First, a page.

For indoor gardeners who don’t want to worry about the mess of soil all over their carpets, hydroponic growing can be particularly appealing. And when it comes to choosing what to grow, why not start with herbs? They’ll make your house smell amazing (like food!) and reward you with fresh ingredients year-round to use for cooking. Growing herbs in water jars or having a water herb garden is beneficial for a few reasons and can change the way you look at indoor gardens.
The benefits of a hydroponic herb garden
The biggest benefit of a hydroponic garden is that your herbs won’t be subjected to harsh weather conditions. Herbs love a consistent growing environment, so they’ll be quite happy in a hydroponic system. Not to mention outdoor plants are more susceptible to pests. Keeping your herbs indoors will protect them and any other leafy friends you have from becoming infested.
A water herb garden will also help regulate how much water your plants get. Most hydroponic systems are set up in a way that allows the roots to only absorb the water and nutrients they need — the rest is cycled throughout the system. The system will provide your plants with what they need to grow, but you will still need to replenish the nutrients as needed, depending on the system you choose.
Herbs suited for hydroponic growing
You can grow almost any type of herb hydroponically with proper care; however, there are some that will grow much more easily in water than others. You’ll see that the plants in your water herb garden will look fuller than their counterparts grown in soil. Because of that, pruning and harvesting will be your best friends when it comes to a hydroponic herb garden.
You can start to harvest leaves and stems from your herbs of choice (mint, thyme, basil, parsley, cilantro, oregano, etc.) as soon as the plants are mature. As with any other plant grown in containers, hydroponically grown herbs will thrive when you give them the best possible care, which means along with pruning and harvesting, you’ll also want to be aware of the amount of nutrients in the water. Hydroponic systems can help with that, but there’s still some needed maintenance to be done.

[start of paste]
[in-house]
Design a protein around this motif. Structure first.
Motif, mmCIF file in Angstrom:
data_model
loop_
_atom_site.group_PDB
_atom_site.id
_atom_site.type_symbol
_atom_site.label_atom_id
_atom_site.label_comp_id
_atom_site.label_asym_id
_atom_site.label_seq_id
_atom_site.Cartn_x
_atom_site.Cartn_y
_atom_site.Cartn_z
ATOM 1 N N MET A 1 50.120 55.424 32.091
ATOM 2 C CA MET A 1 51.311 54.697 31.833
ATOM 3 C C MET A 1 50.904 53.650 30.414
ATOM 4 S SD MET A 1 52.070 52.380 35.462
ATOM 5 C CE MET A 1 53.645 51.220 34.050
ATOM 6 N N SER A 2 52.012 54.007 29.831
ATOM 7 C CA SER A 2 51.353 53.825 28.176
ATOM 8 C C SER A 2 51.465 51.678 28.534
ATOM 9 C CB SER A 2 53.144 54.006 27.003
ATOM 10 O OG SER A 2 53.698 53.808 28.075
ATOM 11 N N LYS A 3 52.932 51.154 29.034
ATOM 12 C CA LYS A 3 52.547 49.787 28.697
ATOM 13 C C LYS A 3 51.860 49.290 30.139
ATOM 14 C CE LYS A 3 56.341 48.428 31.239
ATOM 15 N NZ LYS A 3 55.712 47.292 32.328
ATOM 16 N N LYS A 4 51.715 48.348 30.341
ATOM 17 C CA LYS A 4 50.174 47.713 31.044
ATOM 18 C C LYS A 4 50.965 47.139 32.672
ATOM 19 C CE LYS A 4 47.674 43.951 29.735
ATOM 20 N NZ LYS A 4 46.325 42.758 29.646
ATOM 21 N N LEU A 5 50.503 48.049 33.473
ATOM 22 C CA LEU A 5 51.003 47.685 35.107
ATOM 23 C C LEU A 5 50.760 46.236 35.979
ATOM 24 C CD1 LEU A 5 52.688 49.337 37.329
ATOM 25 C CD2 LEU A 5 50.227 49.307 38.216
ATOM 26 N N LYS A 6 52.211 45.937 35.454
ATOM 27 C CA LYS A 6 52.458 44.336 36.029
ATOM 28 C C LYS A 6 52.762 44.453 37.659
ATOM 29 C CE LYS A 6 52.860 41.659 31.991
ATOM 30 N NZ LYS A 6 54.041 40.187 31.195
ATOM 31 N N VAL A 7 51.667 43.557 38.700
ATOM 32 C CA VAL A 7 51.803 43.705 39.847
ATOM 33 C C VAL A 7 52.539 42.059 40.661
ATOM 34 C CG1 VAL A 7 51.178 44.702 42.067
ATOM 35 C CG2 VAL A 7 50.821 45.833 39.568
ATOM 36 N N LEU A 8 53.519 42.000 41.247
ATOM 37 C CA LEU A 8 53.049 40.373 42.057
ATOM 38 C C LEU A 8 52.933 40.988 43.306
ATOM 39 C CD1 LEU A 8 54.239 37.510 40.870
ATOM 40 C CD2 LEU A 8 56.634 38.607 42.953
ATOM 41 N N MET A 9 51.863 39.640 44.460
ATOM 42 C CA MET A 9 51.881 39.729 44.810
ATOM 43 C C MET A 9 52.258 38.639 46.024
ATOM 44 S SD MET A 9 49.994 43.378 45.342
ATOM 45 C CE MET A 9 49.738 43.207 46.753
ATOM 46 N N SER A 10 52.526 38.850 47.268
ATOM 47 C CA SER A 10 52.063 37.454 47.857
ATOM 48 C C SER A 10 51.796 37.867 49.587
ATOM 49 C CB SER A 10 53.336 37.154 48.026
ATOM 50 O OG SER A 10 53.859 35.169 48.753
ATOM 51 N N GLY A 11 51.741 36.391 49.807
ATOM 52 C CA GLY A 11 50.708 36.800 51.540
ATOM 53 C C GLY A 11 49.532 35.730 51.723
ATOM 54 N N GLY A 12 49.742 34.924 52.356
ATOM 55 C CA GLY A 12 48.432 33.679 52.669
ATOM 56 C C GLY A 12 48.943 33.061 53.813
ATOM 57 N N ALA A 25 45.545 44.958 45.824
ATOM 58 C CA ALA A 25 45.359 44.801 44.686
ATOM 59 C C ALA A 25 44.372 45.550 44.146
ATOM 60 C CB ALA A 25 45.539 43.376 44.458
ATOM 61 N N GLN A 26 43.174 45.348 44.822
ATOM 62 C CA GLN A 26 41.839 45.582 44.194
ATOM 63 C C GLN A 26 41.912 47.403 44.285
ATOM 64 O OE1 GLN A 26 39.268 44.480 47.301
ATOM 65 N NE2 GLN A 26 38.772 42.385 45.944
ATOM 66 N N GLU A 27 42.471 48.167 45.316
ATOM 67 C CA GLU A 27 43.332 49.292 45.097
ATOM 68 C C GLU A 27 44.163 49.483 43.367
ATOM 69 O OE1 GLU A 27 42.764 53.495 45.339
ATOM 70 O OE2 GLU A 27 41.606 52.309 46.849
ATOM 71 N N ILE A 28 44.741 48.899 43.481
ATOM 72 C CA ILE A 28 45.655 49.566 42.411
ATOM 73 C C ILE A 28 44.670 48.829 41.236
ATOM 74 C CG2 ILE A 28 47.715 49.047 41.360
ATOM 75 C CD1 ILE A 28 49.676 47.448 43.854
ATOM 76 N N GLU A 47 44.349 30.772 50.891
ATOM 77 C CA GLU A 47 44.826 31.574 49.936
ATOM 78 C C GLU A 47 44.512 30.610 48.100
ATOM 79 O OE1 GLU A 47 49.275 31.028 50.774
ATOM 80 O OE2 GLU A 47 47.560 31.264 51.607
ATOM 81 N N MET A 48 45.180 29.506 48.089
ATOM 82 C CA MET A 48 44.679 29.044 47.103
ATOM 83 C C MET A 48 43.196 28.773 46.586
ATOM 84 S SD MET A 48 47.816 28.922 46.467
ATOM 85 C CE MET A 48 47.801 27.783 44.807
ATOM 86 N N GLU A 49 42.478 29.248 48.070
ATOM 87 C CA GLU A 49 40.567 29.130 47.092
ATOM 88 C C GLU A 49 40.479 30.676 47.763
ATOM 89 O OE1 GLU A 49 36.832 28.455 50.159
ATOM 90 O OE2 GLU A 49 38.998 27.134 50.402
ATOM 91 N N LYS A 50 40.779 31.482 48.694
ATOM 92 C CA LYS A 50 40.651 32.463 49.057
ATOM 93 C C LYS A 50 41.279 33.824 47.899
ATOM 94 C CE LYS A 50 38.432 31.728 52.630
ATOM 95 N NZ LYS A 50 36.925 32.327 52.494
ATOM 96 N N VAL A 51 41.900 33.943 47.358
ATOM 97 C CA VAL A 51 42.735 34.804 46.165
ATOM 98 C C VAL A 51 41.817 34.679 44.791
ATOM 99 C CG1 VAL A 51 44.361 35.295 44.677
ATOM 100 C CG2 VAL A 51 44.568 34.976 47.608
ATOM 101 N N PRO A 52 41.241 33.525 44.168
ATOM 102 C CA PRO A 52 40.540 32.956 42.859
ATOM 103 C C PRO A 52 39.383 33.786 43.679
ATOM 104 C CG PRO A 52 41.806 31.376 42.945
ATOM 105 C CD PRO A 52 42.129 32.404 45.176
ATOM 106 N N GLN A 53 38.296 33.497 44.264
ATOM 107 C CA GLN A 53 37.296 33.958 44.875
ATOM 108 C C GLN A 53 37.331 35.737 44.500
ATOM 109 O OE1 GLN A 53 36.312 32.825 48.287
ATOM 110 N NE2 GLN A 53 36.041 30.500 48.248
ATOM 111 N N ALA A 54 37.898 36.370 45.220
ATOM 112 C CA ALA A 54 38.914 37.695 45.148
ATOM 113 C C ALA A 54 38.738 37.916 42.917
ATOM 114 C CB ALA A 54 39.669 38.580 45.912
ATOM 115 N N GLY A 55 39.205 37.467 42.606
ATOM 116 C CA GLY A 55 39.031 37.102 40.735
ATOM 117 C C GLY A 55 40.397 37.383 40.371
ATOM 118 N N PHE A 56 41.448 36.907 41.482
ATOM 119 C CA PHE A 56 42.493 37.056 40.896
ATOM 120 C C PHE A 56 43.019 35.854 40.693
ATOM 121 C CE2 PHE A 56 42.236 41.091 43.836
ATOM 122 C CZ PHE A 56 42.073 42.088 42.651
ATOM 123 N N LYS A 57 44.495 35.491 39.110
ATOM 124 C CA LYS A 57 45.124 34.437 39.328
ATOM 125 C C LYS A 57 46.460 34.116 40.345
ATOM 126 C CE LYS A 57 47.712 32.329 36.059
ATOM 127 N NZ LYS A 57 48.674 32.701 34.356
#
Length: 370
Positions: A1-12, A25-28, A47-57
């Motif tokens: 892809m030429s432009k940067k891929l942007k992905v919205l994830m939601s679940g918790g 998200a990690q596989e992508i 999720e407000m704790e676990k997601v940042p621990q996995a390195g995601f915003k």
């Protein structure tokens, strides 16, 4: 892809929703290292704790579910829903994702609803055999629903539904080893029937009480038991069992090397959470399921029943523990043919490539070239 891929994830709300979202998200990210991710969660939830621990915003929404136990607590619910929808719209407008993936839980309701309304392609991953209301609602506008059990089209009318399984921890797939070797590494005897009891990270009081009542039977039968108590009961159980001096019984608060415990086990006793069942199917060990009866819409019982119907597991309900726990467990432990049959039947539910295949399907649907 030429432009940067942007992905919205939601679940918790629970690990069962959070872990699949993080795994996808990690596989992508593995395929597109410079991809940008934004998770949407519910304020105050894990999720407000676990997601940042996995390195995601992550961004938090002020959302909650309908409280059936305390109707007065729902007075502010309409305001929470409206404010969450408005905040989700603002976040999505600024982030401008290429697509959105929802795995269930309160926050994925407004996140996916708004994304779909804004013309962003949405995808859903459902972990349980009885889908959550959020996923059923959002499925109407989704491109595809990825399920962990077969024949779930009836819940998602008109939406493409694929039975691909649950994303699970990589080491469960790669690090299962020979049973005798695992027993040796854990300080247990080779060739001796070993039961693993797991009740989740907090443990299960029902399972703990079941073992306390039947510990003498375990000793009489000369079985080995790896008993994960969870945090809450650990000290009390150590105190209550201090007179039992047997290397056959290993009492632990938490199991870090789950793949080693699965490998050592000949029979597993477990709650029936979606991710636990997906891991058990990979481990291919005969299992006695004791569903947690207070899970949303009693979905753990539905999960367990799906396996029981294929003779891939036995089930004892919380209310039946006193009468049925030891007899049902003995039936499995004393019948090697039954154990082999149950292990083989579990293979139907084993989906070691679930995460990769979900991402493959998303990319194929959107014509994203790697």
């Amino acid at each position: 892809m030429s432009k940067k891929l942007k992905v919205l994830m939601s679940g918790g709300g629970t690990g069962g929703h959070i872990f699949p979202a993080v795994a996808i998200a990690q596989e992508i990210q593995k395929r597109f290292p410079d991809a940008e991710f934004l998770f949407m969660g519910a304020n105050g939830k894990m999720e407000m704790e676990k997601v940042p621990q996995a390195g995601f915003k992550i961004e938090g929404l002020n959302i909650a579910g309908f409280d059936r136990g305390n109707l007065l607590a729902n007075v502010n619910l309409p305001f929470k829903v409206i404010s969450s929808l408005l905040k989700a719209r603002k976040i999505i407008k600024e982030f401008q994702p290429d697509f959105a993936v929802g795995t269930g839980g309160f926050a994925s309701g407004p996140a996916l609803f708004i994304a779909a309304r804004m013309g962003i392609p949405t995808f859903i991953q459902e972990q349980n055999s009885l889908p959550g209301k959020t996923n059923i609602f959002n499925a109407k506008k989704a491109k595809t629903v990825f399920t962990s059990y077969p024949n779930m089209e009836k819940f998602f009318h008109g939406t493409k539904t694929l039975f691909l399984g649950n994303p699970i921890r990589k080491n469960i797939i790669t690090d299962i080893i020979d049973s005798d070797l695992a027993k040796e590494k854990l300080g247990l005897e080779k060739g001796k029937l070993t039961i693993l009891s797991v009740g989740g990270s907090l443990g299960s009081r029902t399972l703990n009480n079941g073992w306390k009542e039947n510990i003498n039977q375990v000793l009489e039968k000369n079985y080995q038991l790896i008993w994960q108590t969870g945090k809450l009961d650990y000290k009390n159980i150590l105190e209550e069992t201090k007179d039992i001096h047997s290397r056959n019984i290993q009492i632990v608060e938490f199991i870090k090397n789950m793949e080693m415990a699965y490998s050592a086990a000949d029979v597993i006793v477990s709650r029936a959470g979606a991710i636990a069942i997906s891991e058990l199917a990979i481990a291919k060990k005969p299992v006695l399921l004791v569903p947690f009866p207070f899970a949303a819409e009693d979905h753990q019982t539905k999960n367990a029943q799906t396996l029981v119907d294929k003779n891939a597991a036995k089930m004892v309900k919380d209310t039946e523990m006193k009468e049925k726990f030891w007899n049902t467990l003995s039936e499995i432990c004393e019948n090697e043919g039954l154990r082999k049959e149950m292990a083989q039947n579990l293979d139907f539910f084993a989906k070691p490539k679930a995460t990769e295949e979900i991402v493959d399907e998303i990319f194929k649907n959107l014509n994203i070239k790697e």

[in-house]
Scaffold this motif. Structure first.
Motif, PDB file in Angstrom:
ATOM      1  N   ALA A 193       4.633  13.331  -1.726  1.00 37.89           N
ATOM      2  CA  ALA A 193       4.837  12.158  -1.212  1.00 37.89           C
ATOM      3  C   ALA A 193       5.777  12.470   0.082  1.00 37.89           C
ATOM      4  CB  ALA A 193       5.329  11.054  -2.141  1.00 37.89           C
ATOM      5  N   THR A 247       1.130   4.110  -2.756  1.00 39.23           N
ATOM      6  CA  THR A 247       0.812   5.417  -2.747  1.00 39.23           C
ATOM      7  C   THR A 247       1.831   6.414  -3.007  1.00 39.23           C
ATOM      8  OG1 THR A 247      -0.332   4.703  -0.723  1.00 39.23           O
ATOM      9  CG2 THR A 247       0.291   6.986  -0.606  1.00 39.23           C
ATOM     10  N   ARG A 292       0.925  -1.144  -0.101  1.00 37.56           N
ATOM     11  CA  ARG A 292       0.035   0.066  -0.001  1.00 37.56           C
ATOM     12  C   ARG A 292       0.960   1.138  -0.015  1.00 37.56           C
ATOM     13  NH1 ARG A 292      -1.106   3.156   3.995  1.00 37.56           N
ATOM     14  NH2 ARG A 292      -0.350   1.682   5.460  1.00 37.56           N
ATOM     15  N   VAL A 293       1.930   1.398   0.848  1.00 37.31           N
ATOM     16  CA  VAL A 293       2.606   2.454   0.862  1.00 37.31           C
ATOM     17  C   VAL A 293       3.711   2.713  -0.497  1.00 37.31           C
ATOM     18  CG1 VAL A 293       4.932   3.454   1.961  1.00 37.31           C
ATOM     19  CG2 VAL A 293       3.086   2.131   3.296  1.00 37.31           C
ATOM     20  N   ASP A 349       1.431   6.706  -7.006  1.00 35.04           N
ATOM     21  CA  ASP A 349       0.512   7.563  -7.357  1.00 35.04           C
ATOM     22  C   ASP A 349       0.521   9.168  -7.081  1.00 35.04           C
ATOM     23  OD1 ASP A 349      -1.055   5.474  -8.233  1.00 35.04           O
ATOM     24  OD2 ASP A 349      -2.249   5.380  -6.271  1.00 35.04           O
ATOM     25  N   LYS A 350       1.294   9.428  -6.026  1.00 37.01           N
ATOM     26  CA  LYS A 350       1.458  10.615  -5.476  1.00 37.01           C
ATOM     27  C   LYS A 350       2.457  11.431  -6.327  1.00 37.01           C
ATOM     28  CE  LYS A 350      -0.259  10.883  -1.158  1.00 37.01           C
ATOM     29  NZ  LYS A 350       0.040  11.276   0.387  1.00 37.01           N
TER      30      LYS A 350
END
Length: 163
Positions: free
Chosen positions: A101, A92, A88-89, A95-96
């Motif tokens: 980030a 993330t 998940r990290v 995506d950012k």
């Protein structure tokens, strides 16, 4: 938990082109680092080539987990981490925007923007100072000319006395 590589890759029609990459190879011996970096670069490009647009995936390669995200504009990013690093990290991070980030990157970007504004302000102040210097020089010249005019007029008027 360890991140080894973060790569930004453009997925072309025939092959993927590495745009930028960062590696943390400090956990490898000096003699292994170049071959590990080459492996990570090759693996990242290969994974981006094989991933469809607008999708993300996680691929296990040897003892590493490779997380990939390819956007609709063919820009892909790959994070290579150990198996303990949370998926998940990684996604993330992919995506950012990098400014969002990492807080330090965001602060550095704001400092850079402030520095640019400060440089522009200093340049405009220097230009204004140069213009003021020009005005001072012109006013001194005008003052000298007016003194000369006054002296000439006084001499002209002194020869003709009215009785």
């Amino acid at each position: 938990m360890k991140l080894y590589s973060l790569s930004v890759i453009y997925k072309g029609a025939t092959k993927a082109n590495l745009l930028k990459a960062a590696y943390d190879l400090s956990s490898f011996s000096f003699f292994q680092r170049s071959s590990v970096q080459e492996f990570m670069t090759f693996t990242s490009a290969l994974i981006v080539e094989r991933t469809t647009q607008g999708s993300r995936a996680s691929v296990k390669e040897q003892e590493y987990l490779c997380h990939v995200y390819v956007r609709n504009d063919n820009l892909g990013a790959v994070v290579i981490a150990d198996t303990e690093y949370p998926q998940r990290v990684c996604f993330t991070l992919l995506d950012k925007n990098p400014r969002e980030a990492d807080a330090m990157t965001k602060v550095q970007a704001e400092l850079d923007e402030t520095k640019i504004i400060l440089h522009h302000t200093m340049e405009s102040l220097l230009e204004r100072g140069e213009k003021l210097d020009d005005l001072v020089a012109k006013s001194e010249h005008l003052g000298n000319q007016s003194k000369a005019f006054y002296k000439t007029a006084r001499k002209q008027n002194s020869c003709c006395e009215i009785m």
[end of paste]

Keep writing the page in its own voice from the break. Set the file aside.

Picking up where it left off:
The perfect growing environment
Your hydroponic herb garden will do best in a stable environment. Depending on the needs of the plants you’re growing, this may mean that you’ll need to purchase items like grow lights, fans, and space heaters to help keep things going. Most herbs will need at least six hours of bright sunlight a day but will do best if given up to eight or 10 hours. If you don’t have a spot in your home that fits that need but still want to have a water herb garden, grow lights will be your best friend. Once you set them up, they’ll help supplement the natural light your herbs receive and give them a better chance at full, happy growth.
The space heaters and fans are often used to regulate both temperature and humidity. If you’re growing your herbs in a place with minimal ventilation (like a basement), the fan will help keep the air moving while the space heater will let you grow the plants year-round at their preferred temperature. No matter which system you choose, these are things you may need to keep track of, as well as the nutrients in the water. Nutrients should be replenished at least once a month; however, this could vary depending on the setup.
Getting the most out of your hydroponic herb garden
Pruning, trimming, and harvesting will help you get the most out of your water herb garden. To get the full, bushy growth every gardener admires, you’ll want to pinch the tips of the herbs as soon as they’re about four inches tall. Pinching the growth will help encourage branching and keep your herbs from getting leggy. Keep in mind, however, that although pruning, trimming, and harvesting benefit the health and longevity of your plant, you should never trim off more than a third at a time to avoid shock.
And if your water herb garden works out, you can always expand your hydroponic setup to include other fruits, vegetables, flowers, and greens! Hydroponic systems take away the mess that soil makes, and although the initial investment can be high, the results are definitely worth it.
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